(From the appendix to Two Paths)
Verecunda, like any other nation, had its own set of national holidays. The changes that took place with them track many of the vagaries of Verecundan politics.
Until Kendall’s regime Verecunda had a holiday scheme pretty typical of “Western” countries, with a combination of national, international, Christian and calendar-based holidays. The CPL had as an objective the elimination of both national and Christian holidays, the former because they believed they were creating a “new” nation and the latter because they disliked Christianity. This took some time, because the force of habit dies hard.
Verecunda had only one explicitly “Christian” holiday, and that was Christmas. In 1970 Kendall had it retitled “Yule,” leaving the job of completely secularising the holiday to the CPL. This they did with gusto; by the end of the decade any celebration of the birth of Christ was severely restricted to the remaining churches or underground.
The rest of the holidays were unchanged; Kendall was in no mood to “spend political capital” on such an effort. It was left to Seamus Gallen to make the realignment of holidays part of the initial manifesto of his Druid party/movement in the 1980’s. Their objective was to make the eight Druid/Wiccan holidays (sabbats) the main national holidays of Verecunda. These are as follows:
- Vernal (Spring) Equinox (20 or 21 March)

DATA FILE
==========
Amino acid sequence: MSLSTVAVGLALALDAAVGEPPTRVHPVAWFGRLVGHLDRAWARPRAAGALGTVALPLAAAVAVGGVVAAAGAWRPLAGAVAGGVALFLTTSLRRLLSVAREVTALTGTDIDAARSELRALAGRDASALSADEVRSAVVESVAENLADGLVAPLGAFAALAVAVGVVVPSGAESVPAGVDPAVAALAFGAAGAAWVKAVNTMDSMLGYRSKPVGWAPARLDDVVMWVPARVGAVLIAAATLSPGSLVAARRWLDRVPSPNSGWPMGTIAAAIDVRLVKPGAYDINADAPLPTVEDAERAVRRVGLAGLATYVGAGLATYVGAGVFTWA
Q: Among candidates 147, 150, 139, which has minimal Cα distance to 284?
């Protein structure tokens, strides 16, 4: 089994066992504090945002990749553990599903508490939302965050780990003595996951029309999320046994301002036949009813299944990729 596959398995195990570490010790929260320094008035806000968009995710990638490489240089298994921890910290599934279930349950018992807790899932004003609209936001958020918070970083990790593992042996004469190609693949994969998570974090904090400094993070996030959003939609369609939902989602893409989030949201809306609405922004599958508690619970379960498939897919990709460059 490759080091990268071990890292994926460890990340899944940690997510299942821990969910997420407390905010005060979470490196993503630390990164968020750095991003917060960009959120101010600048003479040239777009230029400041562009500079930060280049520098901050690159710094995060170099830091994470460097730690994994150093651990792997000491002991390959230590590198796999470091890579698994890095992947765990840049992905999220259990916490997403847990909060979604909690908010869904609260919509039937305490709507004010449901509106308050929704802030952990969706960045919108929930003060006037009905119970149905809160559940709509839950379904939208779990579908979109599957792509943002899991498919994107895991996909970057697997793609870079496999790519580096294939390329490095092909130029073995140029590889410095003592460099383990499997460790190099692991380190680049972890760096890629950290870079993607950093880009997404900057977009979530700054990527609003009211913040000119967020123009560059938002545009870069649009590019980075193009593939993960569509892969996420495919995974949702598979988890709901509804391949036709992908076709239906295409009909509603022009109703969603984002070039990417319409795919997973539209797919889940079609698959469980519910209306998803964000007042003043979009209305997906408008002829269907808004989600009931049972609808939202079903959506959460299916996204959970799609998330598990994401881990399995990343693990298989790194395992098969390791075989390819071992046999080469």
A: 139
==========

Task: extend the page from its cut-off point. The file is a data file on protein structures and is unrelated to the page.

- Summer Solstice (20, 21 or 22 June)
- Autumnal (Fall) Equinox (22, 23 or 24 September)
- Winter Solstice (21, 22 or 23 December)
- Oimelc (Candlemas, or Groundhog Day), 2 February, festival of winter purification and the approach of spring, honours the pagan goddess Brigit (how significant this is in a climate like Verecunda’s is debatable)
- Beltane (May Day), 1 May, the fertility festival, the time to plant (same comment as above)
- Lughnasadh (Lammas), 1 August, festival of firstfruits, commemorates the “shining one” Lugh (Terry Lewis referred to this as “Genji’s Day”)
- Samhain (Halloween), 31 October, the Celtic New Year and the coming of winter
They had a start with May Day, which was a secular, working people’s holiday in Verecunda as it is in most of the world. In 1990 they were able to make Halloween a national holiday, replacing the old Verecundan Constitution Day a couple of weeks earlier. But the rest of the agenda—even moving Yule to exactly correspond with the Winter Solstice—remained unfulfilled under either Allan Kendall or Lillith Connolly.
It took the fall of Verecunda and its rebirth to realise the Wiccan dreams. Once of the first acts of the Provisional Government—firmly in the hands of the Wiccans—was to make the eight Wiccan holidays the national holidays, along with New Year’s (1 January) and the International Women’s Day (8 March).
One interesting omission to these holidays was a “Gay Pride Day.” The large homosexual community would have made the holiday obvious, but there was one important opponent: Richard Marlowe, who always opposed it on the grounds that having only one day for homosexuals would marginalise them. His idea was that the homosexual community should celebrate itself at every major holiday, although the biggest gay pride parades in Verecunda were on Halloween. The Provisional Government honoured his memory; the large number of gay and lesbian Wiccans insured that Richard’s concept would be put into full practice.